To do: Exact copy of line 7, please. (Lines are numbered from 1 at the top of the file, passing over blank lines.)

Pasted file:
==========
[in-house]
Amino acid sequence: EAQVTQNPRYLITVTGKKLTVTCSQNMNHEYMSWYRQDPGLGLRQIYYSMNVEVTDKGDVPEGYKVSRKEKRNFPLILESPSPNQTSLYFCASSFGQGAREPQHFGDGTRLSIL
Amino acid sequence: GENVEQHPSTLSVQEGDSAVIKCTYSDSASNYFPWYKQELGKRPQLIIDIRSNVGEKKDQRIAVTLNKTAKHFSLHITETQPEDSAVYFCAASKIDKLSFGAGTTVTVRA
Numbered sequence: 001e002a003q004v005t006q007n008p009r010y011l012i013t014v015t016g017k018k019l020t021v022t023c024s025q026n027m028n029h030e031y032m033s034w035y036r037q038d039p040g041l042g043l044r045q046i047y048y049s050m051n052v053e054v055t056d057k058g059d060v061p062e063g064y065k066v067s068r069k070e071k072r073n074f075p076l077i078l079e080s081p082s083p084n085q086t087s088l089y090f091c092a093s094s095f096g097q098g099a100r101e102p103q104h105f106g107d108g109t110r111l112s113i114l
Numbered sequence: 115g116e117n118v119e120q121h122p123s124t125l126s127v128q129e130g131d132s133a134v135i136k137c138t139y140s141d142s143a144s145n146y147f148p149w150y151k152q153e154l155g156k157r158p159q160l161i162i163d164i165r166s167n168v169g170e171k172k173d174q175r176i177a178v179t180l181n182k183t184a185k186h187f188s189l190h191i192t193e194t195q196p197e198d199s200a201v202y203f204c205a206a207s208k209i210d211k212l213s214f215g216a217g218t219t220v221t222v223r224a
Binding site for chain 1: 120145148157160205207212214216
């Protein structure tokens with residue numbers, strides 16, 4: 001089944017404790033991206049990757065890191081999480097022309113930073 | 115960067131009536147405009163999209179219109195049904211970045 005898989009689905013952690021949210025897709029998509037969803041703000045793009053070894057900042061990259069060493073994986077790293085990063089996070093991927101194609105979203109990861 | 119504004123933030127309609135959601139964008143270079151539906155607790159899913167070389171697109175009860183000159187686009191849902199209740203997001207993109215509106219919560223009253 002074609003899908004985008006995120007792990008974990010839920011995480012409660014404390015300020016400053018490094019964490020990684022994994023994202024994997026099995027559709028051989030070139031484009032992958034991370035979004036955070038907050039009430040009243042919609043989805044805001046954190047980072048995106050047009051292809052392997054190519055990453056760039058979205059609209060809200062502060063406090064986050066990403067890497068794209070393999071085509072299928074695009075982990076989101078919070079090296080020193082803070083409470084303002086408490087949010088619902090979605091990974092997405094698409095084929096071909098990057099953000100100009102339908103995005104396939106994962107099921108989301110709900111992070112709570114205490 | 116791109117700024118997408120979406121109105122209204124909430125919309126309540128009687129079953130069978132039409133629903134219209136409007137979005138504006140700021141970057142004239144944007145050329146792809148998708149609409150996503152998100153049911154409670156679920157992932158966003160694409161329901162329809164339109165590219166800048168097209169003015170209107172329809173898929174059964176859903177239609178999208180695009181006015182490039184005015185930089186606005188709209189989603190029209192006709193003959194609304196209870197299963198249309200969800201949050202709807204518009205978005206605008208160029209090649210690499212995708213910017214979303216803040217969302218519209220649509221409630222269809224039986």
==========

């Protein structure tokens with residue numbers, strides 16, 4: 001089944017404790033991206049990757065890191081999480097022309113930073 | 115960067131009536147405009163999209179219109195049904211970045 005898989009689905013952690021949210025897709029998509037969803041703000045793009053070894057900042061990259069060493073994986077790293085990063089996070093991927101194609105979203109990861 | 119504004123933030127309609135959601139964008143270079151539906155607790159899913167070389171697109175009860183000159187686009191849902199209740203997001207993109215509106219919560223009253 002074609003899908004985008006995120007792990008974990010839920011995480012409660014404390015300020016400053018490094019964490020990684022994994023994202024994997026099995027559709028051989030070139031484009032992958034991370035979004036955070038907050039009430040009243042919609043989805044805001046954190047980072048995106050047009051292809052392997054190519055990453056760039058979205059609209060809200062502060063406090064986050066990403067890497068794209070393999071085509072299928074695009075982990076989101078919070079090296080020193082803070083409470084303002086408490087949010088619902090979605091990974092997405094698409095084929096071909098990057099953000100100009102339908103995005104396939106994962107099921108989301110709900111992070112709570114205490 | 116791109117700024118997408120979406121109105122209204124909430125919309126309540128009687129079953130069978132039409133629903134219209136409007137979005138504006140700021141970057142004239144944007145050329146792809148998708149609409150996503152998100153049911154409670156679920157992932158966003160694409161329901162329809164339109165590219166800048168097209169003015170209107172329809173898929174059964176859903177239609178999208180695009181006015182490039184005015185930089186606005188709209189989603190029209192006709193003959194609304196209870197299963198249309200969800201949050202709807204518009205978005206605008208160029209090649210690499212995708213910017214979303216803040217969302218519209220649509221409630222269809224039986």